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Edited by: Derek Abbott, University of Adelaide, Australia

Reviewed by: Junichi Fujikata, Photonics Electronics Technology Research Association, Japan; Bernard Gelloz, Nagoya University, Japan

*Correspondence: Zahra Bisadi

This article was submitted to Optics and Photonics, a section of the journal Frontiers in Physics

This is an open-access article distributed under the terms of the Creative Commons Attribution License (CC BY). The use, distribution or reproduction in other forums is permitted, provided the original author(s) and the copyright owner are credited and that the original publication in this journal is cited, in accordance with accepted academic practice. No use, distribution or reproduction is permitted which does not comply with these terms.

A small-sized photonic quantum random number generator, easy to be implemented in small electronic devices for secure data encryption and other applications, is highly demanding nowadays. Here, we propose a compact configuration with Silicon nanocrystals large area light emitting device (LED) coupled to a Silicon photomultiplier to generate random numbers. The random number generation methodology is based on the photon arrival time and is robust against the non-idealities of the detector and the source of quantum entropy. The raw data show high quality of randomness and pass all the statistical tests in national institute of standards and technology tests (NIST) suite without a post-processing algorithm. The highest bit rate is 0.5 Mbps with the efficiency of 4 bits per detected photon.

Thanks to the quantum properties of light, “truly” random numbers can be produced by photonic quantum random number generators (PQRNG). Cryptographic tasks of encryption and decryption of private data can be executed using secret keys based on high quality random numbers. Even though mathematical algorithms are extensively used to generate random numbers, they suffer from high guessability provided the seed of the algorithm is known. If they have a short periodicity, their repeatability would be a serious flaw, as well.

PQRNGs benefit from the intrinsically random and unpredictable properties of physical processes involving photons as the quanta of light. The randomness in path taken by photons arriving on a beam splitter^{1} [^{1}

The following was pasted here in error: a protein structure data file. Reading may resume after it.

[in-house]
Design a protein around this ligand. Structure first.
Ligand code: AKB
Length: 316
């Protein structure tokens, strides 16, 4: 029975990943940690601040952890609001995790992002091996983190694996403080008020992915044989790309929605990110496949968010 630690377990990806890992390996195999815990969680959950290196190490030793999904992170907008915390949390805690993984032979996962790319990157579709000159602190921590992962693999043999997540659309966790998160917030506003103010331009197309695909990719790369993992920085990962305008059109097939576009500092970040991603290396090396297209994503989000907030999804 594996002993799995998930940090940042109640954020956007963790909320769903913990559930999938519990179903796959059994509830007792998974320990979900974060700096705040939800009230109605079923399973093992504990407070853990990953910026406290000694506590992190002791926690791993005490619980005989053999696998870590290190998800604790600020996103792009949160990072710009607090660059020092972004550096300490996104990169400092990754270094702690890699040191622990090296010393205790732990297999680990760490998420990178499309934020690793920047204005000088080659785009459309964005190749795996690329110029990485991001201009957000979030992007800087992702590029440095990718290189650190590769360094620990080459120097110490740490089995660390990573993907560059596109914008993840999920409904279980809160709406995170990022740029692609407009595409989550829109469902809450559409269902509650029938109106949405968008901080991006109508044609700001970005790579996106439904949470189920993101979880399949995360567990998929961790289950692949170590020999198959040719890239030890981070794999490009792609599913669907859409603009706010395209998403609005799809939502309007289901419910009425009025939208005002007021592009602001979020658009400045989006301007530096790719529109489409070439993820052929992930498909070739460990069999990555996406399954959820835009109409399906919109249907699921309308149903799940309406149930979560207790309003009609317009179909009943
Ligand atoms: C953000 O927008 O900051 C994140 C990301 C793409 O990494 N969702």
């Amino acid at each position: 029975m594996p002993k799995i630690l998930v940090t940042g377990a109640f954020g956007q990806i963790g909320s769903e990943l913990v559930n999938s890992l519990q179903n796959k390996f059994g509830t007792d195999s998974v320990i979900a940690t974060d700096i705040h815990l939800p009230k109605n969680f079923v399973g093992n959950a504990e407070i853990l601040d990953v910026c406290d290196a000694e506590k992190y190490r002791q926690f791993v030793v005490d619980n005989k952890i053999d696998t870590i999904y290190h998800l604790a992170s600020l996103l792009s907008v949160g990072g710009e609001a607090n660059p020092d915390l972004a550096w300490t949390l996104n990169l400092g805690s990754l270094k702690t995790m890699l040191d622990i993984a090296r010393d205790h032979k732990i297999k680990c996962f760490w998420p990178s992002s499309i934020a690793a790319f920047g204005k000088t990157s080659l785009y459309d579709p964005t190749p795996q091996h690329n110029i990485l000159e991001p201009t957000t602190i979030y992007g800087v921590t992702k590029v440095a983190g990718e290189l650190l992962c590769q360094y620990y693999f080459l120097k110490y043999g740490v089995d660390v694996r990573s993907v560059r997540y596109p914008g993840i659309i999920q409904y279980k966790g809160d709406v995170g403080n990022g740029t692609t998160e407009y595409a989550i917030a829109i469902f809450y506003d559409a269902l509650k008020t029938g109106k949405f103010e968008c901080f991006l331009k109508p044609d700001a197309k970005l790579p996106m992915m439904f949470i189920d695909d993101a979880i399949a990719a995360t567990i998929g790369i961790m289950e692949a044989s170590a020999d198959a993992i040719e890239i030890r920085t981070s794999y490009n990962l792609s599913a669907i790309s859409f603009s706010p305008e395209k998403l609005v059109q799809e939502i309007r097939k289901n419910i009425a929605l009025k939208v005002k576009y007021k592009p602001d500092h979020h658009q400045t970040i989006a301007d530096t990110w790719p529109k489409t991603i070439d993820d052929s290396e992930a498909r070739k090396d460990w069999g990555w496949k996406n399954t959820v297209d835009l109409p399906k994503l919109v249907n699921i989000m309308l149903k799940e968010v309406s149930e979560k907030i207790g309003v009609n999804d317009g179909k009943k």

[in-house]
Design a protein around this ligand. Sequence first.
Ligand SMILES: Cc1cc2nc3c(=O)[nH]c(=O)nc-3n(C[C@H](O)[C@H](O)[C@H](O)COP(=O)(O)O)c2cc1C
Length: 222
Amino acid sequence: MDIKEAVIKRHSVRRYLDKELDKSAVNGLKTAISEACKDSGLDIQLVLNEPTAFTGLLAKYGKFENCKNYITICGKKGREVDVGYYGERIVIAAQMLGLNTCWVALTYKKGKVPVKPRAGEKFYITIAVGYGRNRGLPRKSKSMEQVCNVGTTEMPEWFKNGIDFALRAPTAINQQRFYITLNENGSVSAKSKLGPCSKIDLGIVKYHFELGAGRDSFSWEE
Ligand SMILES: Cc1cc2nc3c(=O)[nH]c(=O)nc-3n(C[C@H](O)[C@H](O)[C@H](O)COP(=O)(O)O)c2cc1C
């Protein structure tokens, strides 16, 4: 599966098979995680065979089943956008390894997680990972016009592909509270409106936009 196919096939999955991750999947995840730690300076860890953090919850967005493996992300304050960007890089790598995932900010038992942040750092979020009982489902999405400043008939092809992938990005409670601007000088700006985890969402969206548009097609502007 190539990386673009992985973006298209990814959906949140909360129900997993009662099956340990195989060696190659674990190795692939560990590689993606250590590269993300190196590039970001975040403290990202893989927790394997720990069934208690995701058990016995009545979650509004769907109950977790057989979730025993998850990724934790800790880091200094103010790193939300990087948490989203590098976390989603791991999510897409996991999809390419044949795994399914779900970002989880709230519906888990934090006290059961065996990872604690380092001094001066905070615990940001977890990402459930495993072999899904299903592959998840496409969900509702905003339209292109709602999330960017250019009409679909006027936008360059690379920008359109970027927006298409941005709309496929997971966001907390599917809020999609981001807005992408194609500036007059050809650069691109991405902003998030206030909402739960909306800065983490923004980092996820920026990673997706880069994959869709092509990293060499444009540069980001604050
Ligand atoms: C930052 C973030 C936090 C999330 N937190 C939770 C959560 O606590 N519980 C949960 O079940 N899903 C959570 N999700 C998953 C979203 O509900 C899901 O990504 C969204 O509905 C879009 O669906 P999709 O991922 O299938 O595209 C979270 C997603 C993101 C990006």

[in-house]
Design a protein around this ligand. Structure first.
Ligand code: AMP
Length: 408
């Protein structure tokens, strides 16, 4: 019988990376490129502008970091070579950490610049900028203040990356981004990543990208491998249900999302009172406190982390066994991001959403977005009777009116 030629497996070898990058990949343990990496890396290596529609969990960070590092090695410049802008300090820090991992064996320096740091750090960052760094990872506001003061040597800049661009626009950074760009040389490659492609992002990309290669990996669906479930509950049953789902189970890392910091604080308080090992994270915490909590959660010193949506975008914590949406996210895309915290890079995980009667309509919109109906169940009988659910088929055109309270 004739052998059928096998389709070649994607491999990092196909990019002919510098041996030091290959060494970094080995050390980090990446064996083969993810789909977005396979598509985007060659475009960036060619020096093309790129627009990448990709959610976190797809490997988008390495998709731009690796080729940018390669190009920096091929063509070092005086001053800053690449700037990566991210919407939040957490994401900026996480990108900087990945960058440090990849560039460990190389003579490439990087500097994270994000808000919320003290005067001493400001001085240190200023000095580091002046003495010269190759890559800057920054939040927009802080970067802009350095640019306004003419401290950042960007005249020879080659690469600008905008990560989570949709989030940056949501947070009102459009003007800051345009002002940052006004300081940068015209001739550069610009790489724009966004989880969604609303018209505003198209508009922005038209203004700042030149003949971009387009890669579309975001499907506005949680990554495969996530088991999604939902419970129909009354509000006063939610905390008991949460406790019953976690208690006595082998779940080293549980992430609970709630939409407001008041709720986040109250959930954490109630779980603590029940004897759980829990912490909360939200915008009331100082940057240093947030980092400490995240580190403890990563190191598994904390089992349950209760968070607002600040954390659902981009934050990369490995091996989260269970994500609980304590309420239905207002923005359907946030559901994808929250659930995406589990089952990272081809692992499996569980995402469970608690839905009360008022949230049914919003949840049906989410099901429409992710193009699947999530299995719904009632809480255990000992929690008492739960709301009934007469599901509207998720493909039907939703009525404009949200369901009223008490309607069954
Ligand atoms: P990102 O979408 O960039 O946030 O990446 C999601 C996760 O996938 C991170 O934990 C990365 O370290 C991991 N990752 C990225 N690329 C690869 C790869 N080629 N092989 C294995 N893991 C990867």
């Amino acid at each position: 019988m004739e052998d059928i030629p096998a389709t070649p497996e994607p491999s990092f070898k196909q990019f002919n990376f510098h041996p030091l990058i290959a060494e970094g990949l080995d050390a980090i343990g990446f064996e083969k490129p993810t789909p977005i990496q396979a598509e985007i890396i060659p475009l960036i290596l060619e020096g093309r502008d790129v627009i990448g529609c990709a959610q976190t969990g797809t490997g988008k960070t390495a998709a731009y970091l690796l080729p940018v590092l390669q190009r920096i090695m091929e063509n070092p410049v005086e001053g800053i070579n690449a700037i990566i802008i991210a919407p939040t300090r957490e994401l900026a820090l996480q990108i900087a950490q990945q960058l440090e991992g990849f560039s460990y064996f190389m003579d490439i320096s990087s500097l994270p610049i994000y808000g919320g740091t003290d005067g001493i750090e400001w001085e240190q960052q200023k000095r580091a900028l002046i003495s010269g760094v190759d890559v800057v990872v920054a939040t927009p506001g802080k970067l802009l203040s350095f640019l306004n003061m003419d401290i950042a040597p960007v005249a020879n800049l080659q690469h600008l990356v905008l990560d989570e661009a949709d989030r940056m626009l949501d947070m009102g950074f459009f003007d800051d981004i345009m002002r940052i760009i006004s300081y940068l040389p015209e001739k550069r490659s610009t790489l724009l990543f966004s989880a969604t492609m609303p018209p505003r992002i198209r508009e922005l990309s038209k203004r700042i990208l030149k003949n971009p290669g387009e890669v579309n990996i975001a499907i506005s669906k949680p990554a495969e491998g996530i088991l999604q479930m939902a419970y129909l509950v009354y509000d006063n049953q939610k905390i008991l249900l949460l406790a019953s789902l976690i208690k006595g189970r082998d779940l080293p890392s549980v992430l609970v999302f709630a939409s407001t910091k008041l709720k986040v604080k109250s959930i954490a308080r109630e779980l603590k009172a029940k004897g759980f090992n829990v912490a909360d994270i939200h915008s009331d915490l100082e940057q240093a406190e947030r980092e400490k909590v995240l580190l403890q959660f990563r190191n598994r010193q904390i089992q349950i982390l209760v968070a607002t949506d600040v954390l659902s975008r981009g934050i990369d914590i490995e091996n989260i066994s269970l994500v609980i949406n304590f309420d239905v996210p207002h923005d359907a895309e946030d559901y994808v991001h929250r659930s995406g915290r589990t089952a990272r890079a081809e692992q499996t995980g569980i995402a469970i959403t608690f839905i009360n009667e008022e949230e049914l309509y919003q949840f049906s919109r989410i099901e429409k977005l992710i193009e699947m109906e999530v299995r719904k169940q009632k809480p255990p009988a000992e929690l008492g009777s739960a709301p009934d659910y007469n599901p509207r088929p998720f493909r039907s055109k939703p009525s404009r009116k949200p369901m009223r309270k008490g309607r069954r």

However, in all the above-mentioned approaches a bulky setup is used to generate random numbers. A small-sized and compact PQRNG, easy to be implemented in small electronic devices such as mobile phones and cameras for secure data encryption and decryption as well as other applications, is highly essential for facile accessibility to everyone. Here, we present a first step toward this goal: a PQRNG with a novel, compact configuration comprising a silicon nanocrystals large area LED (Si-NCs LLED) coupled with a silicon photomultiplier (SiPM) in free space. Based on some statistical analyses described in section 5, it is proved that the generated hexadecimal random symbols have a very high quality and the corresponding random bits pass all the statistical tests in NIST tests suite with no post-processing operations. The highest bit rate of 0.5 Mbps is achieved with the efficiency of 4-bits per detected photon.

In a previous work [

This work is organized as follows. In section 2, the Si-NCs LLEDs and their electrical and optical characteristics are described. In section 3, the SiPM is introduced and explained. Section 4 describes the experimental procedure and random numbers extraction. Randomness analyses are discussed in section 5 and at the end the conclusions are presented.

Si-NCs are silicon quantum dots which emit light at room temperature in the visible range due to quantum confinement. The emitted photons are emitted independently by a quantum process named spontaneous emission and their statistics obey Poisson statistics (see more in section 4).

Si-NCs LEDs are fabricated by complementary metal-oxide-semiconductor (CMOS) processing, they can be easily incorporated in integrated configurations, they emit photons with wavelengths in the spectral range detectable by silicon detectors allowing the fabrication of an all-silicon-based device and since the spontaneous emission of photons in a Si-NCs LED is a non-deterministic, quantum mechanical and random process, they can be used as a quantum source of randomness to generate random numbers. The Si-NCs LEDs were fabricated with a large emitting surface in order to illuminate large area detectors like the SiPM we use here. The matching of the emitter and detector surfaces allows their direct coupling, i.e., without any coupling optics. The Si-NCs LLED (large area LED) has the active layer structure formed by a multilayer structure with 5 periods of silicon rich oxide (SRO)/SiO_{2} layers of 3.5–4 nm and 2 nm thicknesses, respectively (Figure